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100526-A-8647R-011 | by norfolkdistrict
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100526-A-8647R-011

CHESAPEAKE, Va. -- Since May 2010, a film crew from Germany’s national and international ARD broadcast radio, TV and online web service has followed Canadian’s Joyce and Joe Essery, as they travel on their vessel, the Takitez II, from Daytona Beach, Fla., to New York City, via the Atlantic Intracoastal Waterway (AIWW). The Essery’s have cruised the Great Loop since last September, and are returning to Ontario, Canada. The AIWW provides pleasure boaters and commercial shippers with a protected inland channel between Norfolk, Va., and Miami, Fla. ARD is producing a travel documentary of the AIWW, which will air in Germany this fall. As they travel the AIWW and meet up with the Essery’s on different occasions to document their journey, they are also interviewing people along the way, and filming the scenic sights unique to the AIWW. Last Wednesday, May 26, the Essery’s made their way through the Dismal Swamp Canal (DSC), a 22-mile stretch of the AIWW, which is managed by the Norfolk District, U.S. Army Corps of Engineers. The DSC is the oldest continually operating man-made canal in the United States. Stopping at Deep Creek Lock, the ARD crew filmed “snowbirds” traveling the AIWW and interviewed Corps lock masters Robert Peek and George Brazil, along with George Ramsey, DSC Society historian, to learn more about the rich history of the DSC.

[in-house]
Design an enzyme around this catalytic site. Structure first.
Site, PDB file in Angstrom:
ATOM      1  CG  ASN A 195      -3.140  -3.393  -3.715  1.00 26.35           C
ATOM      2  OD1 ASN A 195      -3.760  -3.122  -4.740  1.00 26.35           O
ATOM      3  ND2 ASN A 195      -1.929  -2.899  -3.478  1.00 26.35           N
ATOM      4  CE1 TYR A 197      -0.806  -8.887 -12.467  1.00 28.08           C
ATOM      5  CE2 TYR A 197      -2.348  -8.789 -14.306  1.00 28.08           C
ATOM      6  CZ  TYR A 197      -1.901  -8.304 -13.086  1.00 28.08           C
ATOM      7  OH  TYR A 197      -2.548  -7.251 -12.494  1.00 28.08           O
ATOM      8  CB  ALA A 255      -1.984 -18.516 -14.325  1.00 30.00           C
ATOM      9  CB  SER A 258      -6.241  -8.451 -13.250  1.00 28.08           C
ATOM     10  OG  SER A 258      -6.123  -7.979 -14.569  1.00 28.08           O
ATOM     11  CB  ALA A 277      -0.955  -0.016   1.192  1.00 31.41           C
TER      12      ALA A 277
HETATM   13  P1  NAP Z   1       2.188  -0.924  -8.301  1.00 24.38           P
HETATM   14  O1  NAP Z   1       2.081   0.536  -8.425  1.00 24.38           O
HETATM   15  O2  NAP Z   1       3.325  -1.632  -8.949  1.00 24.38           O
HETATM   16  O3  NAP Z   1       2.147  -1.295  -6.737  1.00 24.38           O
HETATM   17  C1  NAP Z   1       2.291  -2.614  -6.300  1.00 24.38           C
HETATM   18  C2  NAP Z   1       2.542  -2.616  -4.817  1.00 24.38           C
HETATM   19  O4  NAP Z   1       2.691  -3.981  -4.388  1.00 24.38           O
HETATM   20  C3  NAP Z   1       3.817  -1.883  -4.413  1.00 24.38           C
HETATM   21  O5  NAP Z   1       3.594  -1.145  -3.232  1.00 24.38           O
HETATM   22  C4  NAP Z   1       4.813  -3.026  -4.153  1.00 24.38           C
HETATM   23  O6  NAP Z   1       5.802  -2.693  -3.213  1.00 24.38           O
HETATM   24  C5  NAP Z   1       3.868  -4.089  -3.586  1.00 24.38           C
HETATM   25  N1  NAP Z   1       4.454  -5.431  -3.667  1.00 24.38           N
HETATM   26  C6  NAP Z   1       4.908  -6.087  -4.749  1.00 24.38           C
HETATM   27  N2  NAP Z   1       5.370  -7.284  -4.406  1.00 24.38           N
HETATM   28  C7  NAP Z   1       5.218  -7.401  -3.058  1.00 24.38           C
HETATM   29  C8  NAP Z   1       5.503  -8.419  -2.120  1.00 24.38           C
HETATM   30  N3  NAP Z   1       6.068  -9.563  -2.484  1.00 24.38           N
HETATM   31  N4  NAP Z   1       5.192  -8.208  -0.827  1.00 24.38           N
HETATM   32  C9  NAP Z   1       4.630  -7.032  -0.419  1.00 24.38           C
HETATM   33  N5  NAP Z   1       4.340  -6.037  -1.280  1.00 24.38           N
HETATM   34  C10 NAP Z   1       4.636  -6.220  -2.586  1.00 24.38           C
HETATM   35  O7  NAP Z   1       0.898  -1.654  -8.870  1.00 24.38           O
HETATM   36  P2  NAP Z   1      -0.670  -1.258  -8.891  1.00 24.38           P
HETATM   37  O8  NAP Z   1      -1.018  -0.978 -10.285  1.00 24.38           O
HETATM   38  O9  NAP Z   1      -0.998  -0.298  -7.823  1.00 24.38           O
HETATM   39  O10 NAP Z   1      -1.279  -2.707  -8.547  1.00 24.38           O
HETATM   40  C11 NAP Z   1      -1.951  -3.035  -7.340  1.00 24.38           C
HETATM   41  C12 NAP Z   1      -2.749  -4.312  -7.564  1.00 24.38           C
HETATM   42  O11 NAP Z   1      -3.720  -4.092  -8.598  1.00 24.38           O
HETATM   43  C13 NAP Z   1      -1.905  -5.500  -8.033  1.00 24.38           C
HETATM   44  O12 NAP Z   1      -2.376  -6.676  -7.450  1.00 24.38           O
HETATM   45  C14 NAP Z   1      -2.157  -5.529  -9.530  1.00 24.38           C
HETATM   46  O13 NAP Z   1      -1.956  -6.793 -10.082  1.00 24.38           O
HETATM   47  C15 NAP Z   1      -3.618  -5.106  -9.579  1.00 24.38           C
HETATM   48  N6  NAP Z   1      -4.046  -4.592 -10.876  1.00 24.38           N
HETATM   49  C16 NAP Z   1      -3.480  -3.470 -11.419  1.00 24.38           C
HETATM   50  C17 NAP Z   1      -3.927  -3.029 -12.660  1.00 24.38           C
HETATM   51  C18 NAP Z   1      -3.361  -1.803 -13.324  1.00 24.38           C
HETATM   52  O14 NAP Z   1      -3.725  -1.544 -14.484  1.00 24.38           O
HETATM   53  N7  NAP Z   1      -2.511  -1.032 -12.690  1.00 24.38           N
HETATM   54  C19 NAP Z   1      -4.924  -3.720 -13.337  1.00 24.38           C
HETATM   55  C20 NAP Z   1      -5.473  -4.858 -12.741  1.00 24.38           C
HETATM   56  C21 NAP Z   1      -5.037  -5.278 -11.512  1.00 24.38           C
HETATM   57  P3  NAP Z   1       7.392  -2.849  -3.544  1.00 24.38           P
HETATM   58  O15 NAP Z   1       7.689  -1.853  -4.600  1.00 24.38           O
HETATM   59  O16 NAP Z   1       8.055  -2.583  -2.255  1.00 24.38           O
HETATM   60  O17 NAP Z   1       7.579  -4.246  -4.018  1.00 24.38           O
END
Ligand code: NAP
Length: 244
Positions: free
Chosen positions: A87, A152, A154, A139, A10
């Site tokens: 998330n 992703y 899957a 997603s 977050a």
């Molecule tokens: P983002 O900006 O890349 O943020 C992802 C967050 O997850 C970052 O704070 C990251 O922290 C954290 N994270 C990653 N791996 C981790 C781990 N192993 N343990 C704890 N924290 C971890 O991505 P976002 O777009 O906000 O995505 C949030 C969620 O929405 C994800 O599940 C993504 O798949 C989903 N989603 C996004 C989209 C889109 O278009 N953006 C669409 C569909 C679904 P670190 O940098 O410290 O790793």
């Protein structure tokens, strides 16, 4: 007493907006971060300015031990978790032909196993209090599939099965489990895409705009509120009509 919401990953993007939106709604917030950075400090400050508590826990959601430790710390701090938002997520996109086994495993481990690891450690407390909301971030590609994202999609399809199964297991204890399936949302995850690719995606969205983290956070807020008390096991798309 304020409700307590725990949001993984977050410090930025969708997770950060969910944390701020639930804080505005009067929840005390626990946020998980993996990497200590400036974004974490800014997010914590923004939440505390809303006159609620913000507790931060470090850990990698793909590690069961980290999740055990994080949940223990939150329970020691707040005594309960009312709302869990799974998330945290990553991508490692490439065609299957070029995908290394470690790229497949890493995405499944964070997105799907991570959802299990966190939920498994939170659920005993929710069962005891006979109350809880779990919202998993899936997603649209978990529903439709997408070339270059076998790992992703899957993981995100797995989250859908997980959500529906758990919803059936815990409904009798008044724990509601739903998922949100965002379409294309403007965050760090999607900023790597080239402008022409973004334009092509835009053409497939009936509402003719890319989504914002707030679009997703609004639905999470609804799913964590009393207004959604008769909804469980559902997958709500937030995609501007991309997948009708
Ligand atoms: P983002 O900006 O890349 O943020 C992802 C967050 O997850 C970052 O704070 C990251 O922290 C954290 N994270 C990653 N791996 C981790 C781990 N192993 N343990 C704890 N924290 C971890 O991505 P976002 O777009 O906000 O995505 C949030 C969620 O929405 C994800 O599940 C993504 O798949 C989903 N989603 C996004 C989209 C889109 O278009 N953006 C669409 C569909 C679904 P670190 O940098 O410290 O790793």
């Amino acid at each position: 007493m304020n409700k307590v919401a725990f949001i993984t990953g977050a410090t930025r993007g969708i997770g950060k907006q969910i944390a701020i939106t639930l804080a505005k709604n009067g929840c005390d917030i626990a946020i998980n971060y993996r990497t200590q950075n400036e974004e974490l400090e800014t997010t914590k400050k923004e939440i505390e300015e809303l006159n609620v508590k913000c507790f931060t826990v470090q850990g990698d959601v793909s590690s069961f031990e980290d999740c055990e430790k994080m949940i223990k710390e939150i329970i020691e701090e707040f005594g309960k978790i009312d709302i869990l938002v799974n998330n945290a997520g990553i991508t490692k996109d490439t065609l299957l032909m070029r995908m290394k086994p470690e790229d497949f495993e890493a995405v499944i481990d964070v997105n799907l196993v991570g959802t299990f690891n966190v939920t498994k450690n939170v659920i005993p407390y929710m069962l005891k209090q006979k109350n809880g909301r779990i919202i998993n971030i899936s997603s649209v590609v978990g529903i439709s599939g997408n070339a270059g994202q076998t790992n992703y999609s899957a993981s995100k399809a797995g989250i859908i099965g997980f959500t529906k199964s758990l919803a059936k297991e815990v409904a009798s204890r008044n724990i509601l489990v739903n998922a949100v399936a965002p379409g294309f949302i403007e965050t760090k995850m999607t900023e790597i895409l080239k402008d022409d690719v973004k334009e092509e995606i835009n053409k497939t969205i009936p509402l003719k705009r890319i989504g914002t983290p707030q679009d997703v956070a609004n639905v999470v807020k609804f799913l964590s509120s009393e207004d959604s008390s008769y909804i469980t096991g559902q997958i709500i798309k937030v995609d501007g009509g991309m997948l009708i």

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Taken on March 1, 2006